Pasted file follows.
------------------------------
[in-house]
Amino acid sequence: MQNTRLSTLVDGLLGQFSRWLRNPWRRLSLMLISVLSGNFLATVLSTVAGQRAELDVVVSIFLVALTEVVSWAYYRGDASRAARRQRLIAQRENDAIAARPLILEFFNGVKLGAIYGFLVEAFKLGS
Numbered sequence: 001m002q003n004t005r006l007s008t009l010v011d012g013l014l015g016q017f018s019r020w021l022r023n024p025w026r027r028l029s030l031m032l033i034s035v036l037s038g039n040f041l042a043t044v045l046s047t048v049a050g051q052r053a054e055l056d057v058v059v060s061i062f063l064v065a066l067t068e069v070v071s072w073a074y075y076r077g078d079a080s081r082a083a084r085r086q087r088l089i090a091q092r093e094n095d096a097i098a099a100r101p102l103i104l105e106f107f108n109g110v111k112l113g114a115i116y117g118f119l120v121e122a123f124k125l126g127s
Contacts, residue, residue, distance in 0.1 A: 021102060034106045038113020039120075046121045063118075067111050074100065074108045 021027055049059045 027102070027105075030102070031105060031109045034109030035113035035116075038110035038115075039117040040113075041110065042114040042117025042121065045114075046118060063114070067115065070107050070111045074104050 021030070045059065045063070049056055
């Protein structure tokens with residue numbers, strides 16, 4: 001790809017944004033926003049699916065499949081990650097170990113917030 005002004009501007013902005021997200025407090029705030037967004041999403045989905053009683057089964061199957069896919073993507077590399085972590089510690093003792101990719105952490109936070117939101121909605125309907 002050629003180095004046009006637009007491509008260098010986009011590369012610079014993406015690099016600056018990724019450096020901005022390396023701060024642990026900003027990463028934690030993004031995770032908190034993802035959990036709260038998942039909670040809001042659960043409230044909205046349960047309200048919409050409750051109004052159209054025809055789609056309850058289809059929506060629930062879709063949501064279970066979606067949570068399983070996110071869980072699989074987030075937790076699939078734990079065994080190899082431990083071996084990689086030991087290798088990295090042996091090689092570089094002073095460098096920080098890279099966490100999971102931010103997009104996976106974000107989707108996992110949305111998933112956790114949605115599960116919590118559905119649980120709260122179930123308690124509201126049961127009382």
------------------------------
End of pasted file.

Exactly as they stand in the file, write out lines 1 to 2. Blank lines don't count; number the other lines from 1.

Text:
[in-house]
Amino acid sequence: MQNTRLSTLVDGLLGQFSRWLRNPWRRLSLMLISVLSGNFLATVLSTVAGQRAELDVVVSIFLVALTEVVSWAYYRGDASRAARRQRLIAQRENDAIAARPLILEFFNGVKLGAIYGFLVEAFKLGS